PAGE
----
HIGH “Taking heart.”
LOW The lack of options and paucity of general anxiety.
WTF Selling what was previously a demo to people who already own the full game.
Back in 2016 when development of Pathologic 2 was still underway, developer Ice-Pick Lodge offered eager fans a glimpse of their progress in The Marble Nest. It was a ‘vertical slice’ demo that offered an introduction to the mechanics and themes through a short, standalone story featuring a separate protagonist and only a small portion of the town to explore. The full title finally released earlier this year to a rave review from me, and now Ice-Pick Lodge has elected to update The Marble Nest with the finalized engine and UI and release it as a downloadable add-on.
It’s a bit of an odd choice. I never played the original build, but I can see how it would be effective as a microcosm of Pathologic 2’s surface-level qualities without the slow-building anxiety of the final adventure. As a post-script likely only experienced by those who have braved the full campaign and come out wanting more, it feels mellow and anticlimactic in comparison.
The Marble Nest takes place over the course of a single day and centers on a doctor named Daniil Dankovsky, a key character from the main game who will (supposedly) be getting his own full campaign at some point in the future, as he did in the original Pathologic. The plague has already taken its toll, but it’s supposedly been contained in the eastern portion of the town, and the surviving residents are celebrating a happy ending. Dankovsky isn’t so convinced that the battle has been won yet.
The DLC begins just as the main game did – at the end, with the protagonist having failed. The plague has moved into the western district and a physical manifestation of death arrives at the doctor’s quarters, asking if he’s ready to submit. Dankovsky requests another try, which is a sly reference to the fact that Pathologic 2 openly invites players to load earlier saves if they reach a problem that they can’t solve. He gets his wish and wakes up at dawn with the residents of the Stone Yard still safe and healthy. From there, it’s a mad rush to prevent impending tragedy.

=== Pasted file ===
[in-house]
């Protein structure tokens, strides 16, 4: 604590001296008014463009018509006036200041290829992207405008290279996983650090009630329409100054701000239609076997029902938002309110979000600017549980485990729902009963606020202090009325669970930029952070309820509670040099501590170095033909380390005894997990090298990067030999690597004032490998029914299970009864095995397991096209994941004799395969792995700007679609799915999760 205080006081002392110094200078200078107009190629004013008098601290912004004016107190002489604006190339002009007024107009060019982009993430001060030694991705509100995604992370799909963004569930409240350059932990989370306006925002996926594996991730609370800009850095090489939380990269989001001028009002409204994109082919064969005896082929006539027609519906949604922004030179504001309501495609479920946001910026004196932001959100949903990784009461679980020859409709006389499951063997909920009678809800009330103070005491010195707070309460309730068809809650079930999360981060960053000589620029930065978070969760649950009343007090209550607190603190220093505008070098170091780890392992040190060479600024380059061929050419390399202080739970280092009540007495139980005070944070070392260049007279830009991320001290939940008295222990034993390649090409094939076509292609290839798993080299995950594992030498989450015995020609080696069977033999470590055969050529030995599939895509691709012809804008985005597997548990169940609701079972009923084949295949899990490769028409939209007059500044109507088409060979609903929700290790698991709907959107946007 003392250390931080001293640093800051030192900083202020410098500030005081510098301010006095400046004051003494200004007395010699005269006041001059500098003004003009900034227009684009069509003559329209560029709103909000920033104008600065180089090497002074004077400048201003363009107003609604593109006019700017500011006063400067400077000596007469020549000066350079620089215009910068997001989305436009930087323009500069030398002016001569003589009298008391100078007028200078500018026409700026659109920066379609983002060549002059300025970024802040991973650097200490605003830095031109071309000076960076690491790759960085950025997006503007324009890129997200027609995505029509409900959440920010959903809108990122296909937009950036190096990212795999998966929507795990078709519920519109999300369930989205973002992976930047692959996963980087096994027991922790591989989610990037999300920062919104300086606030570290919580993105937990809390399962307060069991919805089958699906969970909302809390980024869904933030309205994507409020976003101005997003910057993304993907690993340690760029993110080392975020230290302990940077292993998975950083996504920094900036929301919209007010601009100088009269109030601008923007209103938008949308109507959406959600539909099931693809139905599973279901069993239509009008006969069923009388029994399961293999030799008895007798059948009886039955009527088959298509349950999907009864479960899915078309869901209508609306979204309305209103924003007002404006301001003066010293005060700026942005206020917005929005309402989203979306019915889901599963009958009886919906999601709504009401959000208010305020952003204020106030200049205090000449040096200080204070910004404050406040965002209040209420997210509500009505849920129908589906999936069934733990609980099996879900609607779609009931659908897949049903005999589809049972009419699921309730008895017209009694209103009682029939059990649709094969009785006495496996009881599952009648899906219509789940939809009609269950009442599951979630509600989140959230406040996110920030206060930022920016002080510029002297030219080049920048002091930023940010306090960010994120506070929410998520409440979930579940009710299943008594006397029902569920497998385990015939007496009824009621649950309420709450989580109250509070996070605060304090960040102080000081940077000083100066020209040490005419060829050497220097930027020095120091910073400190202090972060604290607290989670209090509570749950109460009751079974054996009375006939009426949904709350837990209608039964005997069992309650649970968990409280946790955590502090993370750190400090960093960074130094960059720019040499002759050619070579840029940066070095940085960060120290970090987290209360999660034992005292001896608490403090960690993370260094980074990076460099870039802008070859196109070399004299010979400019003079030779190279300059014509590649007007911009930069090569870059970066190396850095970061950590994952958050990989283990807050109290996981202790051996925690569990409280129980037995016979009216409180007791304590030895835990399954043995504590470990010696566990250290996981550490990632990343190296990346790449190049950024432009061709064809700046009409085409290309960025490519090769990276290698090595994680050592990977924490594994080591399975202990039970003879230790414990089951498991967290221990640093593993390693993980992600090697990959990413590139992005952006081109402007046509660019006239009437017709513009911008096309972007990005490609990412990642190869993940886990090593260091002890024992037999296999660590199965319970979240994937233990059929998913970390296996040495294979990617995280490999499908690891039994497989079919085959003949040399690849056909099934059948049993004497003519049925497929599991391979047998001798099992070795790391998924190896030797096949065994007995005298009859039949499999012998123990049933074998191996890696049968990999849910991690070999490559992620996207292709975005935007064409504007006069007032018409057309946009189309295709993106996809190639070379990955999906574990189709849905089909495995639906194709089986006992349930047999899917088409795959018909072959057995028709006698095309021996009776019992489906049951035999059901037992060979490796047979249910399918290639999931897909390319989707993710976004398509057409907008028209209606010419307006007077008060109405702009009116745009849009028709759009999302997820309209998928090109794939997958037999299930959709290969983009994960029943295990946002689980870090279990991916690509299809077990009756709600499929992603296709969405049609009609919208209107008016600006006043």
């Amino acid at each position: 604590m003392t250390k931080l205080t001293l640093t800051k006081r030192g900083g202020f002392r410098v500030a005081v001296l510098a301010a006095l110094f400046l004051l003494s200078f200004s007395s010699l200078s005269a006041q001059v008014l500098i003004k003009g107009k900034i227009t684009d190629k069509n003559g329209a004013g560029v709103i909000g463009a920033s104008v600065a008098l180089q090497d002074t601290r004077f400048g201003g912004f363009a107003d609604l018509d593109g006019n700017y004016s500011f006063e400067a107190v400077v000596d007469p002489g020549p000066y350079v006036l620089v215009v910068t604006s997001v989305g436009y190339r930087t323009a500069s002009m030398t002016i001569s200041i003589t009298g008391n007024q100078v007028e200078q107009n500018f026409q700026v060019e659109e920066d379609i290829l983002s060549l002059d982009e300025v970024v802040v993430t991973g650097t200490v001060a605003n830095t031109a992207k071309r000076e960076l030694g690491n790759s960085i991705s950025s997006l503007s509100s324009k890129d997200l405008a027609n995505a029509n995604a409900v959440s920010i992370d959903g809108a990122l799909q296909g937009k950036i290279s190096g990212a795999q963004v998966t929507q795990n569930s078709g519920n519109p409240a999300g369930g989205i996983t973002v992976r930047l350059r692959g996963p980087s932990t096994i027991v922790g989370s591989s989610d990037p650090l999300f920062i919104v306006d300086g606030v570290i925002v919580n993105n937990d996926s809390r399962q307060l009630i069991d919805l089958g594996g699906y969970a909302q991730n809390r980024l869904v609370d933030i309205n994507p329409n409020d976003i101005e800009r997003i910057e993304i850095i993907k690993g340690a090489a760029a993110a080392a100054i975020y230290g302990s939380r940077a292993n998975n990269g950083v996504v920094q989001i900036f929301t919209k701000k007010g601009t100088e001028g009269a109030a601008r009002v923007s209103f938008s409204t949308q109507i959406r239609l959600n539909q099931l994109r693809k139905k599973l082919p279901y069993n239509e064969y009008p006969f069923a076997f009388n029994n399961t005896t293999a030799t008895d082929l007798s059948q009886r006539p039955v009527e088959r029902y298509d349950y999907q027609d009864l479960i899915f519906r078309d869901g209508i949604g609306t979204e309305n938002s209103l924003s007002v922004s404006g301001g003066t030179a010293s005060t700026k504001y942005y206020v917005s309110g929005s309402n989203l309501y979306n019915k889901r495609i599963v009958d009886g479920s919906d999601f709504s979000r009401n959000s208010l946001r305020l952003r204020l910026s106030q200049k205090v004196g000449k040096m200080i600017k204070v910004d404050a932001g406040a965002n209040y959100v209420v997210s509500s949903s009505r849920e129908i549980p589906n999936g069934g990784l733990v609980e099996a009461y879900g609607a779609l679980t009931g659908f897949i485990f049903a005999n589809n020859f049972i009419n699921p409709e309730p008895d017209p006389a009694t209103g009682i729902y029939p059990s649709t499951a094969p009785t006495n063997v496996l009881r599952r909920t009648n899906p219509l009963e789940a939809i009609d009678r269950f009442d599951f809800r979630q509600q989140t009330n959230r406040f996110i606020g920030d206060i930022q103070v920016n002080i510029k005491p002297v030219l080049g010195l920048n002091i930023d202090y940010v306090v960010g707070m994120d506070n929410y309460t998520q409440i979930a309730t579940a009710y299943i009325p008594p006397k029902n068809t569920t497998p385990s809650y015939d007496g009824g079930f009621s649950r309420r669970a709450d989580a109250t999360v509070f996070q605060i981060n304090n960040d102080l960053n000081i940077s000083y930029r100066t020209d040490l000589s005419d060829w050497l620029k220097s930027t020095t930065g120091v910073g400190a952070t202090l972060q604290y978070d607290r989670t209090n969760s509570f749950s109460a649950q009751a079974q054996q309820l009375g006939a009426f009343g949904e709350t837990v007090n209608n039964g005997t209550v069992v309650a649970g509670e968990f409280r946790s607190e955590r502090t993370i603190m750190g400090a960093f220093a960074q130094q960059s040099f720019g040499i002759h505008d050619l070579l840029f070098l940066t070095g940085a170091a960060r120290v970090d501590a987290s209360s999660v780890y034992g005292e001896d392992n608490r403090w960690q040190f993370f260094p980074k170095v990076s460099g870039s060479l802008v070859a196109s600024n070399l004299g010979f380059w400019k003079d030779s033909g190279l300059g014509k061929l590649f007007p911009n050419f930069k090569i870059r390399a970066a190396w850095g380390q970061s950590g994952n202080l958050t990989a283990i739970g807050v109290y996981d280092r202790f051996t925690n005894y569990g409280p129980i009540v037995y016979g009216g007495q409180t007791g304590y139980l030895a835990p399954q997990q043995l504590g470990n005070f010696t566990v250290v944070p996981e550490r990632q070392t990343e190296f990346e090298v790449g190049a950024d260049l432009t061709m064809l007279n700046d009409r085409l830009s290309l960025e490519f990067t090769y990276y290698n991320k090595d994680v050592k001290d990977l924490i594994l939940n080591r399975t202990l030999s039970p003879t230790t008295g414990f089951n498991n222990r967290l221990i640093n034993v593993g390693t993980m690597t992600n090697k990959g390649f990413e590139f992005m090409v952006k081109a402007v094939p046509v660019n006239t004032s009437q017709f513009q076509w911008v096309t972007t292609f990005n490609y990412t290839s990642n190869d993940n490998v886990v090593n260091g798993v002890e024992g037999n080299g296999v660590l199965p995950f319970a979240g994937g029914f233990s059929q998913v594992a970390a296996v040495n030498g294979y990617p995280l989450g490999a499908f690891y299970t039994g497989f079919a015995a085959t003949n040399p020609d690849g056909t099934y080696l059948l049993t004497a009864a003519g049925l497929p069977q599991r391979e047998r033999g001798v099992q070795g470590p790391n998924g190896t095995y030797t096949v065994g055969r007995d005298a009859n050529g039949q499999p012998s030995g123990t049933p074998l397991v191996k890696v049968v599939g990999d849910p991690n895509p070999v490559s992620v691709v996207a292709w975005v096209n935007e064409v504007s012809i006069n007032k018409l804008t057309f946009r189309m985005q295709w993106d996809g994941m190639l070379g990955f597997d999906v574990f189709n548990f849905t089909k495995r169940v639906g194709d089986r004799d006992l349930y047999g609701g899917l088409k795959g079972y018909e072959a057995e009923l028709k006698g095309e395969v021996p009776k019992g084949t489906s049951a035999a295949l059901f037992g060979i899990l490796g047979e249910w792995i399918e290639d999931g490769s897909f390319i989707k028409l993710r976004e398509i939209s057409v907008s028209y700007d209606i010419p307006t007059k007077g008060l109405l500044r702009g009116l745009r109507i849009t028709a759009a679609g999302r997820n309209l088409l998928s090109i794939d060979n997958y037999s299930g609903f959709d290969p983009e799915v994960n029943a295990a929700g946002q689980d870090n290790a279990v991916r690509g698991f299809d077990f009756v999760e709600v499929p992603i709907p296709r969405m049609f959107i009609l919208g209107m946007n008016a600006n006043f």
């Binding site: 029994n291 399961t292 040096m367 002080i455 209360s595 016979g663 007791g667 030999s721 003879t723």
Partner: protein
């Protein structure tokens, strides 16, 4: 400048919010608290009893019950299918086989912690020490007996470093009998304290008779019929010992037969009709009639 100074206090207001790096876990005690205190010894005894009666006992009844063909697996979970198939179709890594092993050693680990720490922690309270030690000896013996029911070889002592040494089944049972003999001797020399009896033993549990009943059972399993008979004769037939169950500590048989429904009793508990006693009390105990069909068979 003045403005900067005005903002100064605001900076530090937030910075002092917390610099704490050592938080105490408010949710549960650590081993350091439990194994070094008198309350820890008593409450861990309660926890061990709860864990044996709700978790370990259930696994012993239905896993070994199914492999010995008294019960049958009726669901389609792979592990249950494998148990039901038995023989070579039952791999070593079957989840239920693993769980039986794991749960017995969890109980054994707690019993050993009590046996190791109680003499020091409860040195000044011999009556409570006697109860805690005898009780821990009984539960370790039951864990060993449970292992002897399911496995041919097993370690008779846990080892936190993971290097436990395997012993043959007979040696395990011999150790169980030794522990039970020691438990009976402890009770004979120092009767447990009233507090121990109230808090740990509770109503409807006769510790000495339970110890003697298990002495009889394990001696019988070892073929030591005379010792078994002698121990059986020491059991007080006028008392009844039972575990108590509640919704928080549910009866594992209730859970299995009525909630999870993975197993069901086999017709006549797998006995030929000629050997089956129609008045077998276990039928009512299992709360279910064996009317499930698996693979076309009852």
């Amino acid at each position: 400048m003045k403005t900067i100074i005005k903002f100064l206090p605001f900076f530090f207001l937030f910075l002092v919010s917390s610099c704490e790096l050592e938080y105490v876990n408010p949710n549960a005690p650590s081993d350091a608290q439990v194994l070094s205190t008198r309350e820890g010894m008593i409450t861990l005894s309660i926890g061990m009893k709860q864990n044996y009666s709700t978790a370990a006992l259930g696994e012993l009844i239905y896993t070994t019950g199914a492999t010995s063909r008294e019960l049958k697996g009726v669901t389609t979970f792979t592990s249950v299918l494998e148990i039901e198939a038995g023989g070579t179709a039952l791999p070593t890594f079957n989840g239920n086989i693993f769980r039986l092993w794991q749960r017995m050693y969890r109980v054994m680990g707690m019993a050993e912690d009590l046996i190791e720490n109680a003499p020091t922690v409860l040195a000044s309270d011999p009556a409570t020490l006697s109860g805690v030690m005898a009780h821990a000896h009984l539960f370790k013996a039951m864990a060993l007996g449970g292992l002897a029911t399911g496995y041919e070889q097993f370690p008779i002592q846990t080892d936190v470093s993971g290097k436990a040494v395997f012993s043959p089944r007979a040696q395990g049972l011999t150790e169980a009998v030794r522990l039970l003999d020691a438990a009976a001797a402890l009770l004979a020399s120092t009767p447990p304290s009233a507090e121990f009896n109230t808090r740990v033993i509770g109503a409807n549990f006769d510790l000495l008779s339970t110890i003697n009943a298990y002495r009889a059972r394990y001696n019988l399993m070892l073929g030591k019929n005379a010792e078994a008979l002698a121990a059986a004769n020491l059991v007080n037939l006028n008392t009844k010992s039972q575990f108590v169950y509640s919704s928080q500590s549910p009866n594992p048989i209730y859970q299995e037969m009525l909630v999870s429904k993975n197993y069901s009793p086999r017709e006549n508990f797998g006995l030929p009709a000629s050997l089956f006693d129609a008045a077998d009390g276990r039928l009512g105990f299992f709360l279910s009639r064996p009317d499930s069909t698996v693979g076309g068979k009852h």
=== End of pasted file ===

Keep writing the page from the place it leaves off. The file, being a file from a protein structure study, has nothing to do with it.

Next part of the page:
Pathologic 2 was so famously unforgiving that the developers later patched in difficulty sliders for the survival elements. In contrast, since The Marble Nest only spans a single day, much of the pressure just isn’t there. As long as players find a few bites of food and take regular sips of water, they’ll make it through without much trouble, and there’s no stress about having to prepare for whatever the next day will bring. As a demo, The Marble Nest’s lax difficulty makes sense. As an add-on, it feels soft, and even a little dull.
That also goes for the limited number of options players have in approaching various problems. There are no weapons that I could discern, no trading with NPCs except in scripted circumstances, and most of the buildings are locked off. In a nearby pharmacy, there’s a panacea for the illness, but the building is guarded and the soldier outside confiscates any items that players attempt to sneak out. In the main campaign, I could just kill the guy and deal with the consequences. In The Marble Nest, the cure is permanently, frustratingly out of reach.